I am a native English speaker, but have native fluency in Spanish as well. I have a more thorough understanding of the Spanish language than most native Spanish speakers due to my insatiable curiosity and love of language. I also understand what it's like to learn Spanish as a second language, so I don't make the assumptions that many native Spanish speakers do about what students know and understand.
I have a BA in Spanish and an MA in Spanish with an emphasis in teaching. I have taught Spanish for 12 years in public schools as well at the university level and, in the process, I have written four years' worth of materials based on my education and personal experiences.
I have studied abroad in Mexico and Spain as well as traveled through many countries including Peru, Bolivia, and Colombia. I love love love teaching Spanish and would love the opportunity to work with you to help you meet your own goals with the language.
Education & Certification
Undergraduate Degree: Colorado State University-Fort Collins - Bachelors, Spanish Language and Literature
Graduate Degree: University of Northern Colorado - Masters, Spanish Teaching
Traveling, playing sports, listening to music
Q & A
What is your teaching philosophy?
The only goal of a teacher should be to help students reach theirs.
What might you do in a typical first session with a student?
I always get to know my students first so that I can get a feel for their motivations, needs, interests, and of course, their abilities.
How can you help a student become an independent learner?
I have several concrete strategies for students who struggle to learn new vocabulary or verb conjugations in particular, but I also have suggestions for how to stay interested and motivated to learn in general.
How would you help a student stay motivated?
The motivation that comes from within is the only one that will yield long-term results. I can share my personal stories from all over the world and right in my own neighborhood that wouldn't have been possible if I didn't speak Spanish, but I cannot make a student want to have similar experiences. I can lead by example, providing encouragement by sharing my failures and my motivations to keep moving forward. After that, it's out of my hands.
If a student has difficulty learning a skill or concept, what would you do?
I have concrete strategies to overcome certain difficulties. These are based on my own experiences as a student as well as my students' experiences over the past 12 years.
How do you help students who are struggling with reading comprehension?
There is no single reason a student would struggle with reading comprehension, so I don't profess to have all the answers, but there are commonalities that can be worked with if the reason for struggling isn't apathy.
How would you help a student get excited/engaged with a subject that they are struggling in?
We live in a society that simultaneously tells young people to be unique, that they can be anything they want to be and then tells them to follow the herd and be like everyone else. It tells them that they need to excel at every subject, but values those who excel at a single thing. What were Oprah's ACT scores? Who cares? She's an amazing communicator! How well did Steve Jobs do in foreign languages? Who cares? He was a tech visionary! Most students struggle in subjects because they have no interest in them. I can only share my passion for my subject and share my experiences. That is what inspires, but it doesn't reach everyone. That's okay. It has to be okay. I can help take the mystery out of learning Spanish by breaking it down into simple concepts, but I cannot change what a student is interested in. I wouldn't have it any other way, either.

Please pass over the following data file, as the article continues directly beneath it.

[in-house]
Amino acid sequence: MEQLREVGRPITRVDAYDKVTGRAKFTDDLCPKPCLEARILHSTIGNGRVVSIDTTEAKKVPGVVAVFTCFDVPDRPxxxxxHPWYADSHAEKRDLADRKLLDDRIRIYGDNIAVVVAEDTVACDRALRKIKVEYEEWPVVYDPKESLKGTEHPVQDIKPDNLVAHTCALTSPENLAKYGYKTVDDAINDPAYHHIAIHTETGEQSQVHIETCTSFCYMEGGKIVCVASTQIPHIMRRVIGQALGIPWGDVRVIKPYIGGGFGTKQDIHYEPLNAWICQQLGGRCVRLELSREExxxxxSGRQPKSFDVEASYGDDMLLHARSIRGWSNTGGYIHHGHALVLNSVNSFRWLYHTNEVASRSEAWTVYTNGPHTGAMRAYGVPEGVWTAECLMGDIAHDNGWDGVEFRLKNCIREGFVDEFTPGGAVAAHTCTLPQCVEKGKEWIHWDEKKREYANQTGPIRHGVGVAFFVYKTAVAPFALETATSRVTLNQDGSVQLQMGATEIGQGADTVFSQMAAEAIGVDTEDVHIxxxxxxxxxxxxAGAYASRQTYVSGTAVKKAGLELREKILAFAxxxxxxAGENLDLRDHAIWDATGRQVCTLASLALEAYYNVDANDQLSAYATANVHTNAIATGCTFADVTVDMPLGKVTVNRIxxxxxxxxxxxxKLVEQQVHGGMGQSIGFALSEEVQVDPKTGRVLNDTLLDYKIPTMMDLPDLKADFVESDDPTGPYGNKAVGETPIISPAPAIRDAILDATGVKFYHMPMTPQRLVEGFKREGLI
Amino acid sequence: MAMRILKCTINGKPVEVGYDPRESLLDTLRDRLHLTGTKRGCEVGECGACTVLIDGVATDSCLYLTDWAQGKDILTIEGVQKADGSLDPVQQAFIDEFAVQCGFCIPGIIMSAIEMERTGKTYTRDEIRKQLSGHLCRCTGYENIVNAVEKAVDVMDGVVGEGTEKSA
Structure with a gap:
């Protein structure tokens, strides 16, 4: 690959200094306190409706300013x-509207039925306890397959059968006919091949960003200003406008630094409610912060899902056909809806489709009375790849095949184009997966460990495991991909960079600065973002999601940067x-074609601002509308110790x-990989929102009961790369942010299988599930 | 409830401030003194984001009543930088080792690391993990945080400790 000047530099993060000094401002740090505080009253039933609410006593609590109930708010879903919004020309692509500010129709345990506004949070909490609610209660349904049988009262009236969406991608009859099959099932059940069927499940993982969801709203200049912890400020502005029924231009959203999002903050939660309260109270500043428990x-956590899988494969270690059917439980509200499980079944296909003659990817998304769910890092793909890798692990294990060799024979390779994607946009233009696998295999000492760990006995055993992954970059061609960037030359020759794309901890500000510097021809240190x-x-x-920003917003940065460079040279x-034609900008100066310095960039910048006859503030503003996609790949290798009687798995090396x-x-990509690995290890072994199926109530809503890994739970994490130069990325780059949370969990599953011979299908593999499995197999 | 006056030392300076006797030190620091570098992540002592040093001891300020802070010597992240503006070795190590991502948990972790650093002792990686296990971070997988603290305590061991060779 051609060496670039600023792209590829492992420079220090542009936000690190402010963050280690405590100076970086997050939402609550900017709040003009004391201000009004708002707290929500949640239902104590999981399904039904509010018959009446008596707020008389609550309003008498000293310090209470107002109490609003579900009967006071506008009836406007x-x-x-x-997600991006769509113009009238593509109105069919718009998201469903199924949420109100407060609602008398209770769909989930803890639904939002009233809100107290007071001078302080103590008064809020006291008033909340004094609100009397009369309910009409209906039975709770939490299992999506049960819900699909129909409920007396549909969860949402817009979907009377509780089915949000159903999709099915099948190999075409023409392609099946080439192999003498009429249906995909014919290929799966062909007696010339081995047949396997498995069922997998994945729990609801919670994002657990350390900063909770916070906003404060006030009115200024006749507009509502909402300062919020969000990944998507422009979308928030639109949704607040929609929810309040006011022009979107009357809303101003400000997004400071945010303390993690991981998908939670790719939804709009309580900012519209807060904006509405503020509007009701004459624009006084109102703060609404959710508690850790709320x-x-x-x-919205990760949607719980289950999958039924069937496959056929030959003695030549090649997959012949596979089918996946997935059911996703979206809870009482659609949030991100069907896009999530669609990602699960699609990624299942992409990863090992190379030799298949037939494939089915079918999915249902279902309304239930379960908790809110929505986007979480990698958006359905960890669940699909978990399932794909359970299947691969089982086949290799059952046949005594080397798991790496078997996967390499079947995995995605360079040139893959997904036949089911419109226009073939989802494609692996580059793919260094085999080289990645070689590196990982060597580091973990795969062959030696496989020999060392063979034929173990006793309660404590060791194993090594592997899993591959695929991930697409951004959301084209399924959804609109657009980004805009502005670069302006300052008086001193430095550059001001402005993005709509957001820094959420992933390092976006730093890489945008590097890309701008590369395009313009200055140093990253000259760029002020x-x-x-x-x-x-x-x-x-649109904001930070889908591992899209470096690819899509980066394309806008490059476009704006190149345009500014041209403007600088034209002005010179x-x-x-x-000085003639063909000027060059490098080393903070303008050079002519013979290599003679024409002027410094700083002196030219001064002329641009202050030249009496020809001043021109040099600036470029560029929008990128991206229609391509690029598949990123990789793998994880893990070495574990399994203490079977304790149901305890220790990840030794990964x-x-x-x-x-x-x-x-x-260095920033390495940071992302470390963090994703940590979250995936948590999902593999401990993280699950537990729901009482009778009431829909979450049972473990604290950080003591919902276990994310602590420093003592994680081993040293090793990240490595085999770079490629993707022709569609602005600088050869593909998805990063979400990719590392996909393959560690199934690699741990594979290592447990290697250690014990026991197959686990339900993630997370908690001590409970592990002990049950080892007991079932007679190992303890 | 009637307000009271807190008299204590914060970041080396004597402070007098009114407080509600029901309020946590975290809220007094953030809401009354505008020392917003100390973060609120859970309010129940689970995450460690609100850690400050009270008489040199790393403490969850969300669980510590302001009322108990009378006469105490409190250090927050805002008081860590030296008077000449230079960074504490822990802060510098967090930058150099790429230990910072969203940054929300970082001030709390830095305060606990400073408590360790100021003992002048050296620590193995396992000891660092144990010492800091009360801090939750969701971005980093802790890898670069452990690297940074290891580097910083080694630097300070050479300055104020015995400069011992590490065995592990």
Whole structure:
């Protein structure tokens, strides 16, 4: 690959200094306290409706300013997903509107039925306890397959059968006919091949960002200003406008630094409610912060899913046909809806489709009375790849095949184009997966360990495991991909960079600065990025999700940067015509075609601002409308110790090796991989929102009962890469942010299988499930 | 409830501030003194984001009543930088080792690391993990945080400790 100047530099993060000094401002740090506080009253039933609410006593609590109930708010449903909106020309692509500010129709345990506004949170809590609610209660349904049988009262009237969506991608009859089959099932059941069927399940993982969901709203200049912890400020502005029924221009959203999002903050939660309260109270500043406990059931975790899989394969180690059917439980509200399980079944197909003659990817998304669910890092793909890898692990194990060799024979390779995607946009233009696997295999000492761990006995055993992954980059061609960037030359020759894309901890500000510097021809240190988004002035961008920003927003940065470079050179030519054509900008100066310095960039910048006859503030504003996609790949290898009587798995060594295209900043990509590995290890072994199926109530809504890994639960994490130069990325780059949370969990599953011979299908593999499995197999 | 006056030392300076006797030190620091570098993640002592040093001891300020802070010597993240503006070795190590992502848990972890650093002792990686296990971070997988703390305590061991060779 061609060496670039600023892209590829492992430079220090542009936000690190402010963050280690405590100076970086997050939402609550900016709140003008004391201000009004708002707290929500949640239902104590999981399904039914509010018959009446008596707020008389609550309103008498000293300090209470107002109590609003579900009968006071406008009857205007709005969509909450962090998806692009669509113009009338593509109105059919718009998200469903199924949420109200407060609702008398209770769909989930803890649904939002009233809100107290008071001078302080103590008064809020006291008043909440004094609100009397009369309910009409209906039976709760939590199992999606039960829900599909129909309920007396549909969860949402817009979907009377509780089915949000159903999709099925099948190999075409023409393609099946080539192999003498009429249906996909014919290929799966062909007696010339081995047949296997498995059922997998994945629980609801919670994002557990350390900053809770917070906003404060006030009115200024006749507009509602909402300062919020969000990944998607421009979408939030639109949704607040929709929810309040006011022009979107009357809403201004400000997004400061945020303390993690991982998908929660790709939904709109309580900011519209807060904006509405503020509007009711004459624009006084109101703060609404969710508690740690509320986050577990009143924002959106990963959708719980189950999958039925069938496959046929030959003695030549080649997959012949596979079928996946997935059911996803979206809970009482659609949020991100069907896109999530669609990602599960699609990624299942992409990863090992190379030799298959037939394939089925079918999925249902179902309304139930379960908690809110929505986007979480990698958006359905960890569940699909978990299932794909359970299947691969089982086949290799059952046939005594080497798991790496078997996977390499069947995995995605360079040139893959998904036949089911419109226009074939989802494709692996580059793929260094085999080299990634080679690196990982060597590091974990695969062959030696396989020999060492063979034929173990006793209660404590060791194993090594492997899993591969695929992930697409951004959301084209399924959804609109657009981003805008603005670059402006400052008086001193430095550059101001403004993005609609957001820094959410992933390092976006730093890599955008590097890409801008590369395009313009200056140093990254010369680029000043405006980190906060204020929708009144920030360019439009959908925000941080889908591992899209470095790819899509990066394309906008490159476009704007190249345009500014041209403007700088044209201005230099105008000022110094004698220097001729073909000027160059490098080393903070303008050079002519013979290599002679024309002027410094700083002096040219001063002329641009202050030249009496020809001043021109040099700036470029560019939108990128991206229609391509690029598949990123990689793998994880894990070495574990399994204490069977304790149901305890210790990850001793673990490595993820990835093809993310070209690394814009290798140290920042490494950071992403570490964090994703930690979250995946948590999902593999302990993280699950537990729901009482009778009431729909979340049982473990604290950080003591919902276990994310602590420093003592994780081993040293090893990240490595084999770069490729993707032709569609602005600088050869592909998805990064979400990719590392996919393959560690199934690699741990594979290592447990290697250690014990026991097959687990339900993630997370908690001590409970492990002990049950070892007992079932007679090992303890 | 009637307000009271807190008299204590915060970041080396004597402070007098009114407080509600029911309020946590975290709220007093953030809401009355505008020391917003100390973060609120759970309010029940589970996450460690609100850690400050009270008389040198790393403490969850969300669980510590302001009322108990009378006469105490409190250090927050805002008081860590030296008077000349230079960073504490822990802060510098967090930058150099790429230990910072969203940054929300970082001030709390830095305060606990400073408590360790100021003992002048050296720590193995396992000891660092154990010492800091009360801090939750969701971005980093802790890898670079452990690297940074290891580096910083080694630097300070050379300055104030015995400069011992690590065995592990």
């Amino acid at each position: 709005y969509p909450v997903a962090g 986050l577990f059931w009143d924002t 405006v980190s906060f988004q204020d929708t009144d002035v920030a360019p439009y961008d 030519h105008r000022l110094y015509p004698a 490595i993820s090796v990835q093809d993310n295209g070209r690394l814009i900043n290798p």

What techniques would you use to be sure that a student understands the material?
I always ask students to talk me through their thought process. This helps me understand what they know and what remains unclear for them.
How do you build a student's confidence in a subject?
Motivation is often based on success. Small successes foster further interest. Keeping things simple, one step at a time helps students have success little by little. Learning a foreign language is like learning math or a musical instrument. It is a huge endeavor and needs to be approached with humility, patience, and dedication. I can't sugar coat it; learning a language requires lots and lots of exposure, whether it be a first language or third and beyond.
How do you evaluate a student's needs?
Students come with a broad idea of what they need: to become fluent, to get an A in a class, etc. This is a start. Past that, I know what a student doesn't understand and, possibly, what they need now to understand the bigger picture later simply by working with them. I started learning Spanish when I was a freshman in high school and 20+ years later, it doesn't take me long to spot the deficiencies in a student's understanding. It's second nature for me now.
How do you adapt your tutoring to the student's needs?
I listen to what they tell me as well as what they don't tell me. One-on-one, I have the flexibility to go with their flow. This is where large classes fail.
What types of materials do you typically use during a tutoring session?
I have created four years' worth of materials that I can offer students, but I am flexible and can use any materials that a student brings me.
What strategies have you found to be most successful when you start to work with a student?
Strategies for success is too broad of a question. No matter what your level of proficiency, I can take you to the next level, but I am not going to skip steps and overwhelm you. In as generic of terms as this question, I take students to their next level, according to their own needs, interests, abilities, etc.